Founded in 1932, HC Karlovy Vary has been an also-ran in Czech hockey for most of its history. Now, for the first time, the club's long-suffering fans can celebrate a Czech Extraliga championship. Karlovy Vary, which finished sixth during the regular season, capped off an extraordinary playoff run by defeating defending champion HC Slavia Prague in six games.
Until the early 1990s, the club barely caused a ripple -- much less made waves -- on the Czech hockey scene. In the early 1990s, the current management group bought the club and gained sponsorships to make it more financially stable. By 1997, the club earned a promotion from the minor leagues to the Extraliga.
Even then, Karlovy Vary was not a championship contender. The club finished out of the playoffs for the better part of a decade, finally reaching the postseason in 2006. Last year, the club finished second during the regular season and reached the finals before going down to Slavia in a roller coaster of a seven-game series. This time around, Karlovy Vary returned the favor.
The victory was especially sweet for retiring 42-year-old defenseman Josef Reznicek. A veteran of 1,145 European league and international games -- including 1,035 in the Extraliga -- the blueliner capped off his career by hoisting the championship trophy for the first time. A native of the famous Czech brewery city of Plzen, Reznicek was one of the last active players whose career started before the Velvet Revolution and the separation of the former Czechoslovakia into two independent nations.
Reznicek broke into the Extraliga with HC Plzen at the tender age of 17 and played parts of three seasons with the club until becoming a regular in 1986-87. The well-traveled veteran subsequently played for HC Dukla Jihavla, HC Olomouc, HPK Hämeenlinna (Finland), Sachsen Füchse (Germany), a second stint with Plzen and HC Sparta Prague before joining Karlovy Vary in 2005.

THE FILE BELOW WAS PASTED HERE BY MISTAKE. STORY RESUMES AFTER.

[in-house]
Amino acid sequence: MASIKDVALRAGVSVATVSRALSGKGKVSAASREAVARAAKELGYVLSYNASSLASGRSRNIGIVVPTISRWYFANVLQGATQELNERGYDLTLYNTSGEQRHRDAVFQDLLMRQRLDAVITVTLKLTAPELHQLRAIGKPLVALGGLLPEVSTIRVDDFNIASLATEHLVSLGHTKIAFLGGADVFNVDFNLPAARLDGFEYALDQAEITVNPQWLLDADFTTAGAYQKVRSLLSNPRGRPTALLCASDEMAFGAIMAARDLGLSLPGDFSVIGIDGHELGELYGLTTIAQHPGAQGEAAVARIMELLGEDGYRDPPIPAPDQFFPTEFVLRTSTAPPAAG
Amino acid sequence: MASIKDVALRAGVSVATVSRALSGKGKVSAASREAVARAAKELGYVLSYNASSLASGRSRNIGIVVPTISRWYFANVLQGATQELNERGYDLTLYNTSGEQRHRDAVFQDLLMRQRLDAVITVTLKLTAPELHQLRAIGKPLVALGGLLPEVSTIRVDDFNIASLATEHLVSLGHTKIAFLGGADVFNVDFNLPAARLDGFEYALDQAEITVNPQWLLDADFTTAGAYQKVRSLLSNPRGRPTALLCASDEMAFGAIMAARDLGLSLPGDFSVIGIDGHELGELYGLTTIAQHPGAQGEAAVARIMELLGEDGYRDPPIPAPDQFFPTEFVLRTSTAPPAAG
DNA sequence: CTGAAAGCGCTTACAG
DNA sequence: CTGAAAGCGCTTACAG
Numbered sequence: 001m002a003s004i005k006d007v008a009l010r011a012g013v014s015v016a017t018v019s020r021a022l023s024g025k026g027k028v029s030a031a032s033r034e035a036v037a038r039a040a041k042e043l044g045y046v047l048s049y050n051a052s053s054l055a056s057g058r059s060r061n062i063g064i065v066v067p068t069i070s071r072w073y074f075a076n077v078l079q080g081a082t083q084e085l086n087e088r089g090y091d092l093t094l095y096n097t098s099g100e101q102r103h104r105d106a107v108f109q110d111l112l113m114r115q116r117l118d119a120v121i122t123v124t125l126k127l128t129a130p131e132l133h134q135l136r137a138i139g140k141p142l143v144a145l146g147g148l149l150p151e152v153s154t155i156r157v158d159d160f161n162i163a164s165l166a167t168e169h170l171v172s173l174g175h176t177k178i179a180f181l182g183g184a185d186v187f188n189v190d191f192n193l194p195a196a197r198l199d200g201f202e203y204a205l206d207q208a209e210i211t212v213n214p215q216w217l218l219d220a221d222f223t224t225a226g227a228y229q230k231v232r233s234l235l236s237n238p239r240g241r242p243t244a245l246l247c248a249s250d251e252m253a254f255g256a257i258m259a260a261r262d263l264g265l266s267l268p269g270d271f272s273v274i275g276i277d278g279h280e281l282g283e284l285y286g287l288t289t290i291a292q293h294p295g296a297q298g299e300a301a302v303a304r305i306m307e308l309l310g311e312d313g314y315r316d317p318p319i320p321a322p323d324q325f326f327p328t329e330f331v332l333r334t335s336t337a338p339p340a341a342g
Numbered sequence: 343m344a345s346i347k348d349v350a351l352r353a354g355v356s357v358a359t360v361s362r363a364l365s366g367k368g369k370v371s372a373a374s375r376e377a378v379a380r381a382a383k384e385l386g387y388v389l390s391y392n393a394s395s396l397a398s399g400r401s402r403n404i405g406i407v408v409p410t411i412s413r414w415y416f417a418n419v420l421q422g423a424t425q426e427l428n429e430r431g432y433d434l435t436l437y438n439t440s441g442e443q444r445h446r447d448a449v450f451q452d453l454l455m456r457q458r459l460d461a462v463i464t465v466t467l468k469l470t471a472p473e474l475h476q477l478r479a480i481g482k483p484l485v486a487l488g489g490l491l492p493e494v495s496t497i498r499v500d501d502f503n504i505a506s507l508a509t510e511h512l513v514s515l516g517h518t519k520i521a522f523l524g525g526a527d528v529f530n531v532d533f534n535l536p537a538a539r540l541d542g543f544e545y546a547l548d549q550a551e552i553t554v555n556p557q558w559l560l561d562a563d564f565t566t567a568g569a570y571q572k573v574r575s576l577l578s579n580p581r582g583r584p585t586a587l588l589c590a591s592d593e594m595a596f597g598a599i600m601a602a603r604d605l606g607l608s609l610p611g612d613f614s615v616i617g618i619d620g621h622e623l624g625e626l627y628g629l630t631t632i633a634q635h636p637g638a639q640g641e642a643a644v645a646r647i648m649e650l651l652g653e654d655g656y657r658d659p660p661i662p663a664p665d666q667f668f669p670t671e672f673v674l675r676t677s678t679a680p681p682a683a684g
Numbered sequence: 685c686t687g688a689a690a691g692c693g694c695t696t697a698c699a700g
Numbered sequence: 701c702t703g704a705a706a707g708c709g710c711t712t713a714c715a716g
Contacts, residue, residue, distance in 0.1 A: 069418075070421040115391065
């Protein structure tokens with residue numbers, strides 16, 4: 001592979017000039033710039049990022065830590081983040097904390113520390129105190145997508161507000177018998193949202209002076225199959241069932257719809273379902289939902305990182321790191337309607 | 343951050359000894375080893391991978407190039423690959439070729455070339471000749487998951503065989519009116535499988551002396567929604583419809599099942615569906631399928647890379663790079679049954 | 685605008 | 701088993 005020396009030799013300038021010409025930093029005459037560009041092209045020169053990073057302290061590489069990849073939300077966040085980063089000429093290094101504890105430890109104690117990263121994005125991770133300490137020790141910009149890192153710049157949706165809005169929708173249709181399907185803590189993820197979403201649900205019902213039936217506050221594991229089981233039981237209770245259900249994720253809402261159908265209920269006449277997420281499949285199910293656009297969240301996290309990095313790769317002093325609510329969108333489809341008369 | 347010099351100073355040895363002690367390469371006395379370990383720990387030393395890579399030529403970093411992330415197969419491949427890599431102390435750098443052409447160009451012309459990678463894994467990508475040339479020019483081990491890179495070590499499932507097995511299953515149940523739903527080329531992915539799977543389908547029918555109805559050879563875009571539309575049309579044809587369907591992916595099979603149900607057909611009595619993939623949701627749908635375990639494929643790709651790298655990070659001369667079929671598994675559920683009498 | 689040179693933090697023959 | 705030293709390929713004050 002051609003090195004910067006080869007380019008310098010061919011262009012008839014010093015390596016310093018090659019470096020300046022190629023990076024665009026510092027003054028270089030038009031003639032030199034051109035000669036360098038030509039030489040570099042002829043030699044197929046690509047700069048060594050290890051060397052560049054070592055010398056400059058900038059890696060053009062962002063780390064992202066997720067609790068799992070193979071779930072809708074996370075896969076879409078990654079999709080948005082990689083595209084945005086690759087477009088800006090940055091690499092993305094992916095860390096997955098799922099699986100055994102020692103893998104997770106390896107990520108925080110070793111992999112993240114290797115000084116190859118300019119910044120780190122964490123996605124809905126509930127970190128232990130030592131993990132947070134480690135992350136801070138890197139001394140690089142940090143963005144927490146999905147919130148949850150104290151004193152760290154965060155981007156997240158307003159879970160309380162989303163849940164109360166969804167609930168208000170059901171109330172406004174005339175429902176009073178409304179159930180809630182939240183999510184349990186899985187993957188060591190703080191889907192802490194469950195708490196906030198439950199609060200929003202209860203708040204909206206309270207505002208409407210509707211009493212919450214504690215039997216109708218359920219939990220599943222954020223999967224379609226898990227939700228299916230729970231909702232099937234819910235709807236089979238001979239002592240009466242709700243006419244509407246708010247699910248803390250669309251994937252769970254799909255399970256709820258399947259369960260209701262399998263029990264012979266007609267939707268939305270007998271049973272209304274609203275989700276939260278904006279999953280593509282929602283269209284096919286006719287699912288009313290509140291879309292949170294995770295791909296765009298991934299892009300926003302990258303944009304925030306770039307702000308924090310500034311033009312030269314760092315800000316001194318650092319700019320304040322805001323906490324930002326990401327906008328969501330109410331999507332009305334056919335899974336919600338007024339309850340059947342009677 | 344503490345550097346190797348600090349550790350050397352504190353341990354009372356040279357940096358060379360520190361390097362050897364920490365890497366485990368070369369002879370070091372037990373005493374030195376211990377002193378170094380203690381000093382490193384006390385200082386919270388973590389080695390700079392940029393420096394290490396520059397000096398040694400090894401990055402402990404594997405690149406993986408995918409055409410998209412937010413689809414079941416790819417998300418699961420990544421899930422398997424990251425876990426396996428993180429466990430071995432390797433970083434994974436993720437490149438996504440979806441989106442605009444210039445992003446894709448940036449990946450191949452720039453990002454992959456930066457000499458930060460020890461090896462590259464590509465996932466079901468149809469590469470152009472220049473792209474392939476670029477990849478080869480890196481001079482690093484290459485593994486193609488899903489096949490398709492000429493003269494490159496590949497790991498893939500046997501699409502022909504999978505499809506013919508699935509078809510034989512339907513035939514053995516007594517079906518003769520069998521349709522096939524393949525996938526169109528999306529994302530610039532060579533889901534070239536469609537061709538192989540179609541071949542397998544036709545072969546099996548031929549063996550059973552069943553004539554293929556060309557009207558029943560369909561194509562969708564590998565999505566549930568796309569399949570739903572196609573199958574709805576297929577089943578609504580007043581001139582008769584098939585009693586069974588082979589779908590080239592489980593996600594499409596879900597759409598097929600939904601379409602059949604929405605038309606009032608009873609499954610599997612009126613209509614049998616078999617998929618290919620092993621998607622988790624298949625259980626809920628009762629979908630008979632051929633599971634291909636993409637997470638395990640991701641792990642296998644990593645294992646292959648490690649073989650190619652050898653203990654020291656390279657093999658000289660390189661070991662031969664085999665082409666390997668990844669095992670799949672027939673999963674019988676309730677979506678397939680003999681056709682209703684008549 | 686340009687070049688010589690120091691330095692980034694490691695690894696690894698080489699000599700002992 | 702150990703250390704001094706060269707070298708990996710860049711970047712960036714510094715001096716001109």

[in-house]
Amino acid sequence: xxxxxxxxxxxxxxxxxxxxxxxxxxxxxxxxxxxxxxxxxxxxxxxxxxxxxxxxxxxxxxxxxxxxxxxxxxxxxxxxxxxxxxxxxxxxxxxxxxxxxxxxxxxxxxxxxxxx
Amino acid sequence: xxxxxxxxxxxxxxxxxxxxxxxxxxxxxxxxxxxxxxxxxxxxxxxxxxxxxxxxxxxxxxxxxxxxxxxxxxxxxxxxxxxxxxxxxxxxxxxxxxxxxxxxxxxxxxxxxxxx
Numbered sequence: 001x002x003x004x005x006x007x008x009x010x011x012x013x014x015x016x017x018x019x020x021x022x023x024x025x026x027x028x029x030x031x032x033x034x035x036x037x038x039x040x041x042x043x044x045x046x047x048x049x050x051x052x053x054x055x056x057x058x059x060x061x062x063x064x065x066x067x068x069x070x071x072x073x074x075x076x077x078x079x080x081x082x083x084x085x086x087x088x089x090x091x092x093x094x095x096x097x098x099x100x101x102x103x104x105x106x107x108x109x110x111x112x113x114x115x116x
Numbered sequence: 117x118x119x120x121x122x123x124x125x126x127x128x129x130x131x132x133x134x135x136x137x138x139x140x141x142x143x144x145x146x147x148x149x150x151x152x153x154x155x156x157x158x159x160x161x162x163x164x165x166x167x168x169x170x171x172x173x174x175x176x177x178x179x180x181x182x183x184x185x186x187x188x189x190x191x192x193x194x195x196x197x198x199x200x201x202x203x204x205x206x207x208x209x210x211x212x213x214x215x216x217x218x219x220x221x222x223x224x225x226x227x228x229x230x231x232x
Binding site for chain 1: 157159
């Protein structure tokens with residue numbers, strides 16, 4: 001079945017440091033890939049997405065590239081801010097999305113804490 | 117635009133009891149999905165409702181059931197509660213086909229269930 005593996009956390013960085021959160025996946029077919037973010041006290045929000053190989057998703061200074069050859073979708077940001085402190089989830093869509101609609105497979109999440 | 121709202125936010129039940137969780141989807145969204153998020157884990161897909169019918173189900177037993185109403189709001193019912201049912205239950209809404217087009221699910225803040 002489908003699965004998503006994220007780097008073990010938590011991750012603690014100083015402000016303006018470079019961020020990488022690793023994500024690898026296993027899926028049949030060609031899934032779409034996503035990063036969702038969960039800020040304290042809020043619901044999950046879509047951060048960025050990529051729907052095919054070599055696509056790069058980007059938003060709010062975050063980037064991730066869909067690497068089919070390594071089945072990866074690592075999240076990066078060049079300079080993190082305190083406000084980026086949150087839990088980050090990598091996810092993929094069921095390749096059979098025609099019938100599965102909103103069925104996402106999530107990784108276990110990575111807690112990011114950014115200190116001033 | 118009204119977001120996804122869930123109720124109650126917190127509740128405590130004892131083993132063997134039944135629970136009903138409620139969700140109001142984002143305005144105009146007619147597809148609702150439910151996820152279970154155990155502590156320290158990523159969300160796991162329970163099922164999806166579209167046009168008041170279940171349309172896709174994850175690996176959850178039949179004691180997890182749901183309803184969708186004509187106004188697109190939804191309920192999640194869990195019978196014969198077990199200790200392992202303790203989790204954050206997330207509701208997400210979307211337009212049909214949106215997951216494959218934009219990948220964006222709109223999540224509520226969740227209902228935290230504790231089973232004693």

Despite his lack of size (5-foot-6, 176 pounds) Reznicek has always shown a feisty side to his game, in addition to his puck-moving prowess. He's topped the 80-penalty-minute mark seven times in his career, including five seasons with 100 or more PIMs; notable because European seasons are usually about 52 games long.
Reznicek has often been a solid point producer in his career but never a star. His only notable national team appearances came with the Czechoslovakian national junior team at the 1986 World Junior Championships and the senior national team at the 1991 IIHF World Championships. But he's been productive enough in Czech league play to put up 25 or more points in eight seasons, with highs of 9 goals (1998-99), 30 assists (2000-01) and 36 points (2000-01). This season, Reznicek's 19 points in 49 games led all defensemen on his team.
Meanwhile, the rest of his HC Karlovy Vary teammates launched into a wild celebration after capping off their playoff quest with a remarkable comeback victory on home ice in the sixth game of the finals. By the 10:17 mark of the first period, the team found itself staring at a 3-0 deficit, which held through the remainder of the opening stanza. The daunting prospect of a Game 7 in Prague seemed likely.
Karlovy Vary's Marek Melenovsky
started the team on the comeback trail with an early second-period tally. Midway through the period, Frantisek Skladany
tallied a shorthanded goal to narrow the deficit to one goal, and get the home crowd back into the game.
At the 6:23 mark of the third period, Ondrej Nemec
scored on the power play to bring his team all the way back from its early deficit. Sensing that Slavia was reeling, Karlovy Vary pushed the attack, peppering Dominik Furch with shots. Finally, at 12:39, Lukas Pech converted a Rastislav Dej setup to give Karlovy Vary the only lead it would get -- or need in the game.
The team slammed the door the rest of the way. At the final horn, players leaped off the bench. Teammates mobbed goaltender Lukas Mensator
, who posted a 2.27 goals-against average and .940 save percentage in the playoffs. Some fans in the crowd openly shed tears of joy. On Easter Sunday, people clad in the team's green and black colors danced in the Karlovy Vary streets and local pubs stayed open through the night.
The team's newly won crown may just be the beginning of a new era in Karlovy Vary hockey. By virtue of winning the Czech championship, the club automatically qualifies next season for the IIHF's big prize money Champions Hockey League. The team will also move from its outdated arena to a new 6,000-seat venue. There has also been talk of the team joining Russia's Continental Hockey League next season as an expansion club, but those plans may have to wait.